HEADLINES Published July6, 2015 By Bernadette Strong

First Measles Death in the U.S. in a Dozen Years Blamed on Anti-Vax Movement

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A child with a typical measles rash. An American woman died of measles this spring, the first death due to the virus in the United States in 12 years.

A woman in Washington State who died in the spring was found to have died from measles. It is the first death due to measles in the United States since 2003, according to the U.S. Centers for Disease Control and Prevention. She is thought to have caught the highly infectious virus at a health facility in Washington State during the spring measles outbreak that was linked to a tourist at Disneyland.

The woman had not shown the classic rash that is the hallmark of measles. The lack of a rash may be due to the fact that she had several underlying health conditions and took medications to suppress her immune system. The correct diagnosis was not made until tests during her autopsy were finished. Her official cause of death is "pneumonia due to measles."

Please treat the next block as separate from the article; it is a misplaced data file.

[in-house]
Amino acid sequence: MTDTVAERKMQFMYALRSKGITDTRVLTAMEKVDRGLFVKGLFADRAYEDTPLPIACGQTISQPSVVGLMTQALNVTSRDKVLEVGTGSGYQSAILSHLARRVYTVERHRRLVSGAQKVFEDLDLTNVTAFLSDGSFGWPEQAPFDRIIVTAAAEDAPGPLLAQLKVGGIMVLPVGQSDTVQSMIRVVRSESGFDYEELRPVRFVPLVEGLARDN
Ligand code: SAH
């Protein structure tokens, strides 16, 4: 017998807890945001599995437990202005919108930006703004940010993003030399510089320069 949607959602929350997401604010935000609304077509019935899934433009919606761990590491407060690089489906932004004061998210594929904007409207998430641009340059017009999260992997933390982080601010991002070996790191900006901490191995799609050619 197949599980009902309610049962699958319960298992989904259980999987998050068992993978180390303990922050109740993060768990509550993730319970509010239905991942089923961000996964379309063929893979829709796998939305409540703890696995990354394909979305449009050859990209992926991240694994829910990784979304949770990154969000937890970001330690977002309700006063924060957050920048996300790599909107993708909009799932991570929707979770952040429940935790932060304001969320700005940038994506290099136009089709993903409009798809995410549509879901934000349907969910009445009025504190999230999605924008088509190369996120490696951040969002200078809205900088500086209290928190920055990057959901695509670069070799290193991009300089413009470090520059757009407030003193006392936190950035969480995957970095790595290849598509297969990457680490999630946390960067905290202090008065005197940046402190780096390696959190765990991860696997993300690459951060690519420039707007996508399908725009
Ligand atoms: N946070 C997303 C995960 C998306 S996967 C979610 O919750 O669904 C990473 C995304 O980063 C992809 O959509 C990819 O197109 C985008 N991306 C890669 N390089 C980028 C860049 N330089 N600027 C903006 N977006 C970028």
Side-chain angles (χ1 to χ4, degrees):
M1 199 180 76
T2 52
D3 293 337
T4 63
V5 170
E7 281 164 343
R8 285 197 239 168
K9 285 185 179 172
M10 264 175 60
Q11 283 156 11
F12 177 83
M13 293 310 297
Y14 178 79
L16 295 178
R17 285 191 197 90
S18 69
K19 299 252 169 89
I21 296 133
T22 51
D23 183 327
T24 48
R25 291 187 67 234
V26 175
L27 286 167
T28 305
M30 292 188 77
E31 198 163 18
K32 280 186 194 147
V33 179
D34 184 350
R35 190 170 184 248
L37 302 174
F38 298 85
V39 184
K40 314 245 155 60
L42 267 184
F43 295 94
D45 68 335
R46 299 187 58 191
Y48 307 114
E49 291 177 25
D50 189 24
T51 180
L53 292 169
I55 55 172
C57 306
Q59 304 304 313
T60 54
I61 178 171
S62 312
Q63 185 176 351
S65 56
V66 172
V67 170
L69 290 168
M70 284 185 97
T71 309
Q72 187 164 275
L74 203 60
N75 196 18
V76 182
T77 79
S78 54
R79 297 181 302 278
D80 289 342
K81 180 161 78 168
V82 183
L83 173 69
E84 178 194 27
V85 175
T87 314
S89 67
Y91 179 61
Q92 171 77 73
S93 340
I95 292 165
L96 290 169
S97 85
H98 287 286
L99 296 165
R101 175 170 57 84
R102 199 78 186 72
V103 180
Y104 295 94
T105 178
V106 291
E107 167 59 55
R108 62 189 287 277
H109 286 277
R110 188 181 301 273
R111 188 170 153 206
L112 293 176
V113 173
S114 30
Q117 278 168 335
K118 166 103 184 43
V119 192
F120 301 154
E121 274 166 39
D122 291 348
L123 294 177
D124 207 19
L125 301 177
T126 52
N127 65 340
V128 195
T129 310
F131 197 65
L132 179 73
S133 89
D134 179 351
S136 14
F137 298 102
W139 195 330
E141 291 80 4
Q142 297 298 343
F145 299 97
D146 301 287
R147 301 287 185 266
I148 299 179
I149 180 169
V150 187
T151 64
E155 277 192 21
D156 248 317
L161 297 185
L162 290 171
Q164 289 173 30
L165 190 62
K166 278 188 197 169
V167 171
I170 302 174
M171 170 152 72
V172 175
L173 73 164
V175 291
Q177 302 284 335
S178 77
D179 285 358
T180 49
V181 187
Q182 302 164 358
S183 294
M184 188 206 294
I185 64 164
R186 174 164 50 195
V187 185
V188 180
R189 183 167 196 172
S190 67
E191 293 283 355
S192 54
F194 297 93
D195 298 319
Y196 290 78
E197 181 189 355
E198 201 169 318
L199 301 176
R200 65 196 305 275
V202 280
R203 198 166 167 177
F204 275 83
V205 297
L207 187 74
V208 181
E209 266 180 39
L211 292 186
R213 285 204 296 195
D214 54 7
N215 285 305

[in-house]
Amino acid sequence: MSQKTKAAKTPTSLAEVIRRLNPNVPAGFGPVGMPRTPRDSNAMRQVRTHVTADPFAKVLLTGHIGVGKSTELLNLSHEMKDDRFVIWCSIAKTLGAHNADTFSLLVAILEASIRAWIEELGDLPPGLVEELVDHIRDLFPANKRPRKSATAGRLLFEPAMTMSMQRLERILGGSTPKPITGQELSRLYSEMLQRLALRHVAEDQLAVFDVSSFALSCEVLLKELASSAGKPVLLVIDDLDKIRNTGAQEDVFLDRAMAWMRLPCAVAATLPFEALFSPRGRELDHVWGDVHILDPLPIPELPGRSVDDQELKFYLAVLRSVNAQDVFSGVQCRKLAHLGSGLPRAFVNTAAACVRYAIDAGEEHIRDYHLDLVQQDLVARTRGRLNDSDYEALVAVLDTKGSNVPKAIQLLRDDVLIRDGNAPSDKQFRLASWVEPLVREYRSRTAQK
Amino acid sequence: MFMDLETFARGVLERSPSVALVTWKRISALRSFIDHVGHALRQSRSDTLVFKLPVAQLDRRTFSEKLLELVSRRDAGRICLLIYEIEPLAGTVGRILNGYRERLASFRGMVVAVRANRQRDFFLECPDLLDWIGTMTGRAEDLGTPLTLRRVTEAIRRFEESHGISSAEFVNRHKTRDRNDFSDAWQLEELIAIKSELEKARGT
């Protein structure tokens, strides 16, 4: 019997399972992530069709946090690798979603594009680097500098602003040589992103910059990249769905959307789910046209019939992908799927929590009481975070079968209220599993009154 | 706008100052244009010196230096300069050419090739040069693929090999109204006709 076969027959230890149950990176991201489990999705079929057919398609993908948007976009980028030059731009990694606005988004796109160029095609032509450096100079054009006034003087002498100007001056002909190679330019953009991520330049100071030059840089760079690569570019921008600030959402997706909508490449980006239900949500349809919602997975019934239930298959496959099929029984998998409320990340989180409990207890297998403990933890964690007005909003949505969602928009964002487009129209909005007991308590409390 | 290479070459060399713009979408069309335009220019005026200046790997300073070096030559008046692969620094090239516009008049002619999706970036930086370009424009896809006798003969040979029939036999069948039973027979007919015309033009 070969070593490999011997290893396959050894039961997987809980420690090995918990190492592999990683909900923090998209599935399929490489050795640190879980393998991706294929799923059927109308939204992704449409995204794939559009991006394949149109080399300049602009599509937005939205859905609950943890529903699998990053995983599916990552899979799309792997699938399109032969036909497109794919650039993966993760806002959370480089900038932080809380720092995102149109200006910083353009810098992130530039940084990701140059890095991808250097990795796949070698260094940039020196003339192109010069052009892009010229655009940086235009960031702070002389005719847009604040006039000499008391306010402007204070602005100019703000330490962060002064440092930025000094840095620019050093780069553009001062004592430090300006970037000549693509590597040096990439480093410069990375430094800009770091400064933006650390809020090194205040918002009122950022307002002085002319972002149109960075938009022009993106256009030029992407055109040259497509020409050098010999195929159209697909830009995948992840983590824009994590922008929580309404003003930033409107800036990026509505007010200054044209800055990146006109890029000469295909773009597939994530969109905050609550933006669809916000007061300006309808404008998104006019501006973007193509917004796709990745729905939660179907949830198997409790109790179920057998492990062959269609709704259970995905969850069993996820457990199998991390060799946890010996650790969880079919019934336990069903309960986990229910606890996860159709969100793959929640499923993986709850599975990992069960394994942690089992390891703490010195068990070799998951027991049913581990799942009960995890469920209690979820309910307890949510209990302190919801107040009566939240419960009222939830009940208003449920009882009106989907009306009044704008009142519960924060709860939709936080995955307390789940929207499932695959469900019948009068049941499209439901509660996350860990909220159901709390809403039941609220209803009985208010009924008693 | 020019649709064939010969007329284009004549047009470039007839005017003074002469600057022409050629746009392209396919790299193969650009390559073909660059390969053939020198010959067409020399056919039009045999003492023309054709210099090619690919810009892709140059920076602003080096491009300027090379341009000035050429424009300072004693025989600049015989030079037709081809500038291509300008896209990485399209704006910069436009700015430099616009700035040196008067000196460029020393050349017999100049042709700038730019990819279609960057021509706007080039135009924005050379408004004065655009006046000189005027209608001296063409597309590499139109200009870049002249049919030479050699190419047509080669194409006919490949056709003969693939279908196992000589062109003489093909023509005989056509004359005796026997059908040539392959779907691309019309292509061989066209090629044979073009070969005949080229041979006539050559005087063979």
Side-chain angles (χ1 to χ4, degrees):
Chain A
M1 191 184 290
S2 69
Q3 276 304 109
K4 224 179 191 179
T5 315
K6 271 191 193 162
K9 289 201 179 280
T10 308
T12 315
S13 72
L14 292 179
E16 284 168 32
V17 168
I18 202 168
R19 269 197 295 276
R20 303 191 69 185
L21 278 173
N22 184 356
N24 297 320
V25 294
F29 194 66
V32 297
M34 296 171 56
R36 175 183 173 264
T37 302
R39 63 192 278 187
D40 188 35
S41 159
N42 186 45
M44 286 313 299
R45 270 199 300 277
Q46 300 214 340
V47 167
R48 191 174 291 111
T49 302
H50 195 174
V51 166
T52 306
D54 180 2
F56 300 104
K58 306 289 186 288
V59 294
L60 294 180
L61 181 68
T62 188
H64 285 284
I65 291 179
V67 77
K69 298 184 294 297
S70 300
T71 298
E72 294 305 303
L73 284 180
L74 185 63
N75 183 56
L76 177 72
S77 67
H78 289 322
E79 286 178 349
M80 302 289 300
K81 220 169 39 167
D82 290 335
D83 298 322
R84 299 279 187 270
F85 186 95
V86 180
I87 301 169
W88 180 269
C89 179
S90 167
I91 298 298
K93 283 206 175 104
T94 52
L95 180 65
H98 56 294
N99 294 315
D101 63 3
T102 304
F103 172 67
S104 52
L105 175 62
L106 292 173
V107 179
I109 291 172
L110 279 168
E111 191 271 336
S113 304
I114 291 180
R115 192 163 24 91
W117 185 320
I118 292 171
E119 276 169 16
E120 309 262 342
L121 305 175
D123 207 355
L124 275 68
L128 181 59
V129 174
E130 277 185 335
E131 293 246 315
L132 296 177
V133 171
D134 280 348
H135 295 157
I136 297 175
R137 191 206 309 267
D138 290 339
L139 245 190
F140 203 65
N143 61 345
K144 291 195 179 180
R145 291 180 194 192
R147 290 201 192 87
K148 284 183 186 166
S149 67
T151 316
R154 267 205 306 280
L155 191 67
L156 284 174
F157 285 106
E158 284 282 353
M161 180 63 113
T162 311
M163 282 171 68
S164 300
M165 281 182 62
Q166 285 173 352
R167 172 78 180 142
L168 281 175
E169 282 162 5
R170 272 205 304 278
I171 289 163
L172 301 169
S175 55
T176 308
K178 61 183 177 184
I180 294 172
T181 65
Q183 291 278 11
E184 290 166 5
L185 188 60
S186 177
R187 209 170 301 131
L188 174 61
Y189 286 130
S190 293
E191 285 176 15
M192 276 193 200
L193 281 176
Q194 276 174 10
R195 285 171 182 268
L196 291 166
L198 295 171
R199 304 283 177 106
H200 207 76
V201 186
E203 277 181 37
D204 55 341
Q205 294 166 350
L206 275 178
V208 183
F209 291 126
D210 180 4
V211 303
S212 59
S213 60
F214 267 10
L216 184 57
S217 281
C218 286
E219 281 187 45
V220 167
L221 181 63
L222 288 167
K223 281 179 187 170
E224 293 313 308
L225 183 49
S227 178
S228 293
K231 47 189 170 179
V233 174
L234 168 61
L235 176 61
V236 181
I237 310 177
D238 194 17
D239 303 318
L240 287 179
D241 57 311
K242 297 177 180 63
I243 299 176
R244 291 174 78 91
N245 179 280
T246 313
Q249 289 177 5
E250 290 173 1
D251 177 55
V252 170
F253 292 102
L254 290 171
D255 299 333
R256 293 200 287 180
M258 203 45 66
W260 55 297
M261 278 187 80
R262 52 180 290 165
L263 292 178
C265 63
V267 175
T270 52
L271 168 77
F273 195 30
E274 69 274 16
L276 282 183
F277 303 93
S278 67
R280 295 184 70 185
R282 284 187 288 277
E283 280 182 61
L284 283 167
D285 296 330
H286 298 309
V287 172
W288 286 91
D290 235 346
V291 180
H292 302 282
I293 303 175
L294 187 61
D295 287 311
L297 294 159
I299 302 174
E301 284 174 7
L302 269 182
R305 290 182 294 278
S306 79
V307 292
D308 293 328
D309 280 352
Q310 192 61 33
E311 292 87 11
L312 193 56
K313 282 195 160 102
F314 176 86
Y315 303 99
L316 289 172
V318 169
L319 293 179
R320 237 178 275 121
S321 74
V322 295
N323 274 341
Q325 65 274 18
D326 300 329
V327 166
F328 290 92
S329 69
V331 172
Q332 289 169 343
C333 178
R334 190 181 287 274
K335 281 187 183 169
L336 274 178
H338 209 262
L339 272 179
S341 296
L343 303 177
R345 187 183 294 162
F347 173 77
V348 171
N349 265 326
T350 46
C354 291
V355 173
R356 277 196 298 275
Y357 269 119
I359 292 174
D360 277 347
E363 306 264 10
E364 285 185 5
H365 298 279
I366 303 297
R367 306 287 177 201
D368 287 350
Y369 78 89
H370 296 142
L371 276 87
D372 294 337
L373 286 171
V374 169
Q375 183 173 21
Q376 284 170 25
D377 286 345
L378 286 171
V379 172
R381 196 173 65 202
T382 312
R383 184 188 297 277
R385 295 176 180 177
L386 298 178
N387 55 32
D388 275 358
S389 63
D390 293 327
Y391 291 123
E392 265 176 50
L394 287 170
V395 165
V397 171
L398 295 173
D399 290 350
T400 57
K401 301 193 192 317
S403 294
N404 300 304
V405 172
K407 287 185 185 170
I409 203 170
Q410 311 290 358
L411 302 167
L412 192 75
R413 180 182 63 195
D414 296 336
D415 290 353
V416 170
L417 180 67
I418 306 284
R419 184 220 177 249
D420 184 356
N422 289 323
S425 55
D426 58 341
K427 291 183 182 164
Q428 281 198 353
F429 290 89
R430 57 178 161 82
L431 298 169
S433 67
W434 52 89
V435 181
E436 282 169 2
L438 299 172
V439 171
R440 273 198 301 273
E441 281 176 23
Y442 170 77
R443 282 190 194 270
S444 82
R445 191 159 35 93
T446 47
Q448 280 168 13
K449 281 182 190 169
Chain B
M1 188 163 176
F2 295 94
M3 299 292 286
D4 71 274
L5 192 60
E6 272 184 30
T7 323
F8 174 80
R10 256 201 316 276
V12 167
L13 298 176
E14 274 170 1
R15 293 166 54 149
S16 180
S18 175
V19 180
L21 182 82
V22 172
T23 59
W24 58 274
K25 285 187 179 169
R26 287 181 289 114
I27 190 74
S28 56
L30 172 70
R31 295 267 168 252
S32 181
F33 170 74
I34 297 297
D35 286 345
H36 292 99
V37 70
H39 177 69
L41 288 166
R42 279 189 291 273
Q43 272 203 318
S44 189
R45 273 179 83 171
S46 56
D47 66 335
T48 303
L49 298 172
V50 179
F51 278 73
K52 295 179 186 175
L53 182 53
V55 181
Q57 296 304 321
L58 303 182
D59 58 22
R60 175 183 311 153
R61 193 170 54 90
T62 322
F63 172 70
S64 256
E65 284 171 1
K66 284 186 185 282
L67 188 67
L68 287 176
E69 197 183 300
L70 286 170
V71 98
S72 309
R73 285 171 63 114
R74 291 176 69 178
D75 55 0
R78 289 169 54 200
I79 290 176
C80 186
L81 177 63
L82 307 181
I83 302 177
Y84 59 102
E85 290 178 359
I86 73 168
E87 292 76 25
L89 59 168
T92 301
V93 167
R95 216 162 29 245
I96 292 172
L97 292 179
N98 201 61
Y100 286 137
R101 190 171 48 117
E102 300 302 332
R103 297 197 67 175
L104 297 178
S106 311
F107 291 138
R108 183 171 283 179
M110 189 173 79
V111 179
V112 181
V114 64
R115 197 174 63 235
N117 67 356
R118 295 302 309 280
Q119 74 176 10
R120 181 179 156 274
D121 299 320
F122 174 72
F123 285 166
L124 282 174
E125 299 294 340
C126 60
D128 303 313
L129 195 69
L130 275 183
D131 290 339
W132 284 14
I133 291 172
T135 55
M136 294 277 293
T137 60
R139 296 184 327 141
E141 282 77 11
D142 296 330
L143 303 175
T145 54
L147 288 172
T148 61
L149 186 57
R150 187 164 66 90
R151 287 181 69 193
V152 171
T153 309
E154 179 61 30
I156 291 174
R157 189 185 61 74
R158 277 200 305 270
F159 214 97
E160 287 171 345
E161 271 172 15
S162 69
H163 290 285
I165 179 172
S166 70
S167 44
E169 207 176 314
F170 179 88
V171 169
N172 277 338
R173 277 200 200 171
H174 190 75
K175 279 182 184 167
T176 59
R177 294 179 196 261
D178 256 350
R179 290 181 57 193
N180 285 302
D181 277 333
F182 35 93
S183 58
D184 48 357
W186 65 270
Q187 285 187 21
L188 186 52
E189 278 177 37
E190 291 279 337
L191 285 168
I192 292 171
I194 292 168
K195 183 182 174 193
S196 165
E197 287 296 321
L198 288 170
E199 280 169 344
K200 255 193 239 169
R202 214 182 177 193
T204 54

The United States declared that measles was effectively eliminated nationwide in 2000. Health officials state that measles has made a resurgence because of the anti-vaccination movement; people who choose not to vaccinate their children. 2014 had the highest number of recorded cases of measles since 2000, according to the CDC. At least 92% of the population must be vaccinated against measles in order for herd immunity to protect immune-compromised people like this woman.

The measles outbreak in the western United States led to 178 cases in 24 states and the District of Columbia. Two-thirds of the cases were directly linked to a foreign tourist who visited Disneyland in Anaheim, CA, in December 2014.

Because of that outbreak, California just passed one of the strictest laws mandating vaccinations. California parents may not enroll their children in school unless they are vaccinated unless the child has a verifiable medical reason for not being vaccinated.

Measles is an extremely contagious virus that can linger in a room for several hours after an infected person coughs or sneezes. Symptoms usually appear 7 to 14 days after exposure and include a high fever, spots in the mouth, a runny nose, red eyes, and the signature rash that covers most of the body. Before antibiotics, measles-related pneumonia had a death rate of 30%. Measles can also cause loss of hearing and vision. 

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